"The Five Wounds of the Liturgical Mystical Body of Christ"

"The Five Wounds of the Liturgical Mystical Body of Christ"
"The Five Wounds of the Liturgical Mystical Body of Christ" according to Bishop Athanasius Schneider: 1. Mass versus populum. 2. Communion in the hand. 3. The Novus Ordo Offertory prayers. 4. Disappearance of Latin in the Ordinary Form. 5. Liturgical services of lector and acolyte by women and ministers in lay clothing.

Saturday, June 29, 2013


First liturgical reform of Pope Francis

I borrow this short brief for It seems to me likely to be of interest to all metablogueurs:
First liturgical reform of Pope Francis:

It is dated May 1, it was enacted on June 19. Now, in the Eucharistic prayers 2, 3 and 4 will be marked as "St. Joseph the husband of Mary." Recall that in the Eucharistic Prayer No. 1 as in the traditional Roman Canon this mention already exists. It was added by Pope John XXIII, at the request of the Canadian Fathers of St. Joseph in Montreal, November 13, 1962, during the First Session of the Second Vatican Council. This is a subtle way to celebrate Vatican II! And show the continuity between Francis and Benedict, since the first issued a decision making study by the second.
We remember that the enthronement of Pope Francis had occurred on the day
 of St. Joseph (March 19) and we see that this document is dated May 1. Thus
we can say that the two feasts of St. Joseph are honored in this decision of June 19.
 Who is St. Joseph? I have already spoken on this blog March 19, 2011. The Pope
defined St Joseph on March 19 as "guardian" guardian of the Virgin, guardian of
the child, the guardian of the family of Christ which is the Church. Saint Joseph
is the conservative par excellence. Like all conservatives, he invents nothing, he
 does not create or procreate anything. But he takes care.  And when he must
 leave at night to escape the totalitarian rule of Herod, he is the one awoken. It
 seems to me that our Pope identifies quite well to a conservative saint. We can
say that he watches or takes care. This is a watchman at the head of the Church
 twenty-four hours on twenty-four.  Moreover, he does not claim to trigger
 a new Pentecost alone, such as his predecessors. He strives to do the best with
 what God has given him. And as it is a little Machiavellian (in the words of
 a former ambassador to Argentina), he seeks to pass for anything but conservative,
then that is what he is. For once, I feel some of you are already furbishing your
dialectical weapons knock me out. Pay Attention to what is called "conservative."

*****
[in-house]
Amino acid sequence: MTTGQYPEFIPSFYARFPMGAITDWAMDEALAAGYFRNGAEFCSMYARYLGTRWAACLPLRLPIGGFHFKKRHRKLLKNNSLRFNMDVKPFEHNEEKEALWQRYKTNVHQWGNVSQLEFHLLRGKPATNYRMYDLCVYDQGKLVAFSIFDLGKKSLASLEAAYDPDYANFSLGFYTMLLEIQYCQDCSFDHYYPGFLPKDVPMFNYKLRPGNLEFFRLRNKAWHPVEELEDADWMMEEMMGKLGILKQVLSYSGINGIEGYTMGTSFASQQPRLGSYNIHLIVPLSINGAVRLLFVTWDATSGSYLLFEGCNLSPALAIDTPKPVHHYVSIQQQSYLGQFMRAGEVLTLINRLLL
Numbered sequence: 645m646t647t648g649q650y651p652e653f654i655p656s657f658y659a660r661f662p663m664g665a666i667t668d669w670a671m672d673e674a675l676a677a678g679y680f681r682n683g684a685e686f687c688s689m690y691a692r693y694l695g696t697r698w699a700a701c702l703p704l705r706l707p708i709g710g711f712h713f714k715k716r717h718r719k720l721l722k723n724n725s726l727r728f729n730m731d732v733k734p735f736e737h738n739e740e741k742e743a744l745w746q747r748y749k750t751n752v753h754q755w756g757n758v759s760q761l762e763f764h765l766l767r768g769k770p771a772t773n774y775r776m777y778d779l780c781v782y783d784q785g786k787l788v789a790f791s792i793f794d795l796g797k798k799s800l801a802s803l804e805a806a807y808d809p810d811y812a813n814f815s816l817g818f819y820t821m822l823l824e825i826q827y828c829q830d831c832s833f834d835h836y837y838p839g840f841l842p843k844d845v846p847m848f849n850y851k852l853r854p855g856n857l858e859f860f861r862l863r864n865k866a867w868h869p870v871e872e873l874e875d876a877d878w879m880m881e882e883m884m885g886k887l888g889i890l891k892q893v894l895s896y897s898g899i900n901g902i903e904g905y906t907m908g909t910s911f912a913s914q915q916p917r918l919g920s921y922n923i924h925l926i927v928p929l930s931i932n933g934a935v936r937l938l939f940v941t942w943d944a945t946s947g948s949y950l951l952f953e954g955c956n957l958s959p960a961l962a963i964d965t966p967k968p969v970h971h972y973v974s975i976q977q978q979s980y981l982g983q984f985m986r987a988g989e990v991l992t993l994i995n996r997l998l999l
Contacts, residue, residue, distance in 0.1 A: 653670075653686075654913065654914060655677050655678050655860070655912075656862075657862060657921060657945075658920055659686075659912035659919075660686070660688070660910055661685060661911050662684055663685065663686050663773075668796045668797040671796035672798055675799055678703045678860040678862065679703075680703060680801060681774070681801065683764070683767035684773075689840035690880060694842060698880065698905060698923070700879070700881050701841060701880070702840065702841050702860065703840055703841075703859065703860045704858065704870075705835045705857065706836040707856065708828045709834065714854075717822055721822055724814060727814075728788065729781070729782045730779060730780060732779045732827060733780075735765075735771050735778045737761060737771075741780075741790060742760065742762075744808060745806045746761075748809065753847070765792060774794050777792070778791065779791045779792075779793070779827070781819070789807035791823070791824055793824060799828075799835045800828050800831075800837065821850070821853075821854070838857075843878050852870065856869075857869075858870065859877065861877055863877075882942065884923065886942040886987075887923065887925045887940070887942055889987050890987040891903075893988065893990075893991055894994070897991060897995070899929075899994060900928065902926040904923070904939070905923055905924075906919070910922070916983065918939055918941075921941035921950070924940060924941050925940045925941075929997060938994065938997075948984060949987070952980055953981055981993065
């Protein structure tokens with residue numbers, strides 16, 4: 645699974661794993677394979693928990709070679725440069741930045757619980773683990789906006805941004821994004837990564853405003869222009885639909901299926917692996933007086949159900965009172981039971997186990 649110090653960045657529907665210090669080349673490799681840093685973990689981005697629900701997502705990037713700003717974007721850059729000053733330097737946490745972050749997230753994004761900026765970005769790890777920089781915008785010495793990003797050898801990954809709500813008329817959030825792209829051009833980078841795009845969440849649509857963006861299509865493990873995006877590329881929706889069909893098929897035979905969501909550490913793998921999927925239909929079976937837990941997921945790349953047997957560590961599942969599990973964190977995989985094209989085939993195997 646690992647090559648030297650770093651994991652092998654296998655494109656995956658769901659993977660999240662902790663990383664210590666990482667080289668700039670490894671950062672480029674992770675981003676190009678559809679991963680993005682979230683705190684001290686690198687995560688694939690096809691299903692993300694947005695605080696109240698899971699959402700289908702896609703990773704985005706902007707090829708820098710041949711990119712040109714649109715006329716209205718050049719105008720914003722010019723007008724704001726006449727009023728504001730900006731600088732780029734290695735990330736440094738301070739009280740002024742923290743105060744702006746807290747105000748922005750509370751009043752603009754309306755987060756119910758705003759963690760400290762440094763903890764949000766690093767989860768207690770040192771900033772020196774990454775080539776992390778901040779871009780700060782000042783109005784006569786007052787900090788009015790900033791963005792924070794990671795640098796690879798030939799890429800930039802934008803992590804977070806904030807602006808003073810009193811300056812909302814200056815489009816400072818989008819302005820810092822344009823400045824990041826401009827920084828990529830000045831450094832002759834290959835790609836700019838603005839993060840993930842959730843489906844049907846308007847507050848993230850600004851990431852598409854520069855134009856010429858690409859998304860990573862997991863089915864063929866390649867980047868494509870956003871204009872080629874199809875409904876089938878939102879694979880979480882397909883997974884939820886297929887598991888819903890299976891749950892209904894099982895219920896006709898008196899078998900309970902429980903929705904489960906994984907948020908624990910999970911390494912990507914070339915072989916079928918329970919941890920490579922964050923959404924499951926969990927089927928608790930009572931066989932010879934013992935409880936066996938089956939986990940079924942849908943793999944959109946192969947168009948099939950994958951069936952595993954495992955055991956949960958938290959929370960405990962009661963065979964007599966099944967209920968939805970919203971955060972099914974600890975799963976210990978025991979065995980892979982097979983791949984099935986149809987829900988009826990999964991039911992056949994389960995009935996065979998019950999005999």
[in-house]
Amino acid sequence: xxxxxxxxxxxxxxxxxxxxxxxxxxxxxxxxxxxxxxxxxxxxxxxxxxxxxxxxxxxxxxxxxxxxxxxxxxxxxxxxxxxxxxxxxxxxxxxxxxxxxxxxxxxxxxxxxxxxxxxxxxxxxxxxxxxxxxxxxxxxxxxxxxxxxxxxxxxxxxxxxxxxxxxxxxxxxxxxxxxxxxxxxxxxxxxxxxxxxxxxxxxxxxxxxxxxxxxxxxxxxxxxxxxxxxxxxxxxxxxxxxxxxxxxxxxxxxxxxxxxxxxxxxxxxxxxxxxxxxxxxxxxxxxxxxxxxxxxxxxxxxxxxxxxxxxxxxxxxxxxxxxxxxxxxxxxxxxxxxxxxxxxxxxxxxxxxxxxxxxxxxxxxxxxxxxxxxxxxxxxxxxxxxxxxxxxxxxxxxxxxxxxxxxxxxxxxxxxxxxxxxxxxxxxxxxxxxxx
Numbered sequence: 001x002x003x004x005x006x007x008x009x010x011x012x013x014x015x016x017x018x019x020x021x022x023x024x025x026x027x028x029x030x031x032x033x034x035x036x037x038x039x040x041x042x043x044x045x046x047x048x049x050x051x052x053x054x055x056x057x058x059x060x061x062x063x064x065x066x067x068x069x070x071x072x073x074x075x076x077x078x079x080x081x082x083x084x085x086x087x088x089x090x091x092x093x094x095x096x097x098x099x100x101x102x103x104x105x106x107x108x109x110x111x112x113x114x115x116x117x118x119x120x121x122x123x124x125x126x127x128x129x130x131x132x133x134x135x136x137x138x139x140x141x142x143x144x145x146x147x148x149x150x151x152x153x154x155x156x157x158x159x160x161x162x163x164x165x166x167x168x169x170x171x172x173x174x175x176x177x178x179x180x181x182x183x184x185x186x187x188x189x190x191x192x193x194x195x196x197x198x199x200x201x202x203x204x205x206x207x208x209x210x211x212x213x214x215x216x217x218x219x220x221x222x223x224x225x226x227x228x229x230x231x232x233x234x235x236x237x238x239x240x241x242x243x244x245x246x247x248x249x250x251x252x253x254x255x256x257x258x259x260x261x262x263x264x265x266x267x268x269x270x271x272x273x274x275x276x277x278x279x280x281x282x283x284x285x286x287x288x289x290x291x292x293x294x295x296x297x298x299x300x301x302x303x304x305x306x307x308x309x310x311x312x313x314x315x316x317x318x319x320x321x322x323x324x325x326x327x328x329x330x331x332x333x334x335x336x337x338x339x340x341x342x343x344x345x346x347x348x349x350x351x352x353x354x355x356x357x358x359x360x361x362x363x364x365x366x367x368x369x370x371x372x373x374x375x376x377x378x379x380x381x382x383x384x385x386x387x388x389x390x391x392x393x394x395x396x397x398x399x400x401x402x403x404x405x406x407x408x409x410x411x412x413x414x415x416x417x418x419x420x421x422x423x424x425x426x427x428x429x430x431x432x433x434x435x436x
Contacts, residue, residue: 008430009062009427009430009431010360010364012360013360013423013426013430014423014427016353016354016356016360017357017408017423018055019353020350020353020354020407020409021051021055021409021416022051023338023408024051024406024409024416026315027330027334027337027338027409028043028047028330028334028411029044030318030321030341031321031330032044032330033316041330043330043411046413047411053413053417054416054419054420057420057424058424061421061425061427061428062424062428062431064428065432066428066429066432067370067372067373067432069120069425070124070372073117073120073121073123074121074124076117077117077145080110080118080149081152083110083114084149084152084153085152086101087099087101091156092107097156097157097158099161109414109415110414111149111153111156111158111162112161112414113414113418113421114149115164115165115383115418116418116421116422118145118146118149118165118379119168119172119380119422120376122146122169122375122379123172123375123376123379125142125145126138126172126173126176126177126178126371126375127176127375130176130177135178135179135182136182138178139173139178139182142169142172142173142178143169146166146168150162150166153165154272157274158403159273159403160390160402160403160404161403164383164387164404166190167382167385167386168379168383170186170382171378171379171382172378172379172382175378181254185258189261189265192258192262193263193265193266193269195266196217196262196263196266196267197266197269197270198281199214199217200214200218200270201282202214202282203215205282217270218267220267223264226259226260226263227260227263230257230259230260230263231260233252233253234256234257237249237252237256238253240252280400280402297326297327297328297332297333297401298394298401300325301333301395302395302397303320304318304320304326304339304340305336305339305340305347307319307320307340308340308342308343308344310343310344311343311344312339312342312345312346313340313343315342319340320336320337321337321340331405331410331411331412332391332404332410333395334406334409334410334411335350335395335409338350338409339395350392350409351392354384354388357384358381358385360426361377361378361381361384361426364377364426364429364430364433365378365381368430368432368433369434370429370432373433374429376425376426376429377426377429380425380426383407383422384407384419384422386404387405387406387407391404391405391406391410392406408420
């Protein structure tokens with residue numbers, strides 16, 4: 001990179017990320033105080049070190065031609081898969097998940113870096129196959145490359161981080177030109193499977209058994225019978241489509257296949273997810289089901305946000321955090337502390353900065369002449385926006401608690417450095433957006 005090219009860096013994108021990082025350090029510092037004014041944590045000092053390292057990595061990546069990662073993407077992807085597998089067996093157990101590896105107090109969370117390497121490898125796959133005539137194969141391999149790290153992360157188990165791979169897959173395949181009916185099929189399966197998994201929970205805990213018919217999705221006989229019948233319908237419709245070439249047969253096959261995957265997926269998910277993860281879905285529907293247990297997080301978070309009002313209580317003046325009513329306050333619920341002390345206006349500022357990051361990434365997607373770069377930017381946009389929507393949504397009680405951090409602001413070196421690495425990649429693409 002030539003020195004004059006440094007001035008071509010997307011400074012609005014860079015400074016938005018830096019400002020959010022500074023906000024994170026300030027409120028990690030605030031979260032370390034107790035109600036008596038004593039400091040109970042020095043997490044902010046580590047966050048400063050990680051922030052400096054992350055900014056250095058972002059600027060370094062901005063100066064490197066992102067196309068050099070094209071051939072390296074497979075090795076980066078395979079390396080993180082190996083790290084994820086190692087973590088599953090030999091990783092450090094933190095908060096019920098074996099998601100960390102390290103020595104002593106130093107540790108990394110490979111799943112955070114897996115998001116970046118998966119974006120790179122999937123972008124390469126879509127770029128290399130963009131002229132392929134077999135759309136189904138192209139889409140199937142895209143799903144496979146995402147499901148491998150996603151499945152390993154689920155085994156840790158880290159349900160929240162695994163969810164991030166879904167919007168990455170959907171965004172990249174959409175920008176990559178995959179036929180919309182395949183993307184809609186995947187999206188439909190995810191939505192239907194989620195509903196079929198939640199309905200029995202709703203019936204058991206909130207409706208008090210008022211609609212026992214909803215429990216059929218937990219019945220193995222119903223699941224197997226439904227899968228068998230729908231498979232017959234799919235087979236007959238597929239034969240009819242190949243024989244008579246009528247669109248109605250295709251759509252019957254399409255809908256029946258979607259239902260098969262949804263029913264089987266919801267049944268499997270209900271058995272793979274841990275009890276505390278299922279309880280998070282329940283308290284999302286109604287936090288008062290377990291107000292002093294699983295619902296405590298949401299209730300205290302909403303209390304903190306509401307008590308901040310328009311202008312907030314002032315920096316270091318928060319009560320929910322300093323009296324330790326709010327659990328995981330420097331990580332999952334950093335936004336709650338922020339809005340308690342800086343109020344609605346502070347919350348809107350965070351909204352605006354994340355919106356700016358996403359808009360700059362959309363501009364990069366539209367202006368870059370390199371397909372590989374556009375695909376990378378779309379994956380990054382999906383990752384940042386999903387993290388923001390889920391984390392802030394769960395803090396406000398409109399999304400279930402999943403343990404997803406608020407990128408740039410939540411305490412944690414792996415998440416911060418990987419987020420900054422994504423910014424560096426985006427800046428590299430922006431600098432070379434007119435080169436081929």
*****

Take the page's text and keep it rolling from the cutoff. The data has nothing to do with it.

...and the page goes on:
It all depends on what you conserve.  He keeps  "the deposit" as St. Paul says to
 Timothy. He retains what he has received from the Lord, the grace, supernatural
 truth and the sacraments which are the effective signs. He does not preserve
 the venerable frills or a way of life that has its inevitable papal rites.  He
retains, by occupation and mission what makes us live - the Gospel
of life. His conservatism is revolutionary (as noted recently, we noted here).
I can not help thinking, with respect, that this revolutionary Christian
conservatism fits like a glove a Peronist he has not ceased to be. "The first
peronist pope in the world" proudly headlined the Argentine press four months
 ago. Well maybe that's what it means "a Peronist Pope" a conservative
 revolutionary. But back to that reform: This small addition is a new way to
 express in the liturgy the importance of the cult of saints ( in the venerable
 rite that I celebrate daily is full of famous celestial friends with two lists of
apostles and martyrs: it creates links to them by name every day.) It is also a
way in our confused times , to recall the importance of the family and that the
family is not based only on sex, which is why it is recalled that Joseph is "the
 husband of Mary." This is first and foremost a how to bring the two forms of
 the Roman rite, which will hopefully one day - not too far - be brought
 together as one form.  The idea of "reform of the reform" tends toward the
 ideal ... In this regard, let me take kindly Father Aulagnier which, in Item,
insists that the Institute of the Good Shepherd defends right to "belittle the
 Novus Ordo Missae". I do not know why Father Aulagnier expresses himself
 as if he were the Institute, he can think what he wants also, but I 
think myself that, whatever our rights, we, first of all,
as Catholics, have the duty to do everything possible to bring the new rite
 to the ancient rite. It seems to me that this small addition of St. Joseph
could mean the beginning of a reform of the reform, as it signaled the
beginning of the liturgical reform when John XXIII added to Canon in 1962.
John XXIII had dared touch the Canon, so we could change it, he thought, at
 the time. Well our revolutionary conservative pope dared touch the new guns,
 leaving intact the old to reconcile them. My opinion is that we did not finish
touching the Novus Ordo Missae: not to disparage but to better appreciate
 what Pope Benedict XVI called the "continuity" of the liturgical history Church.

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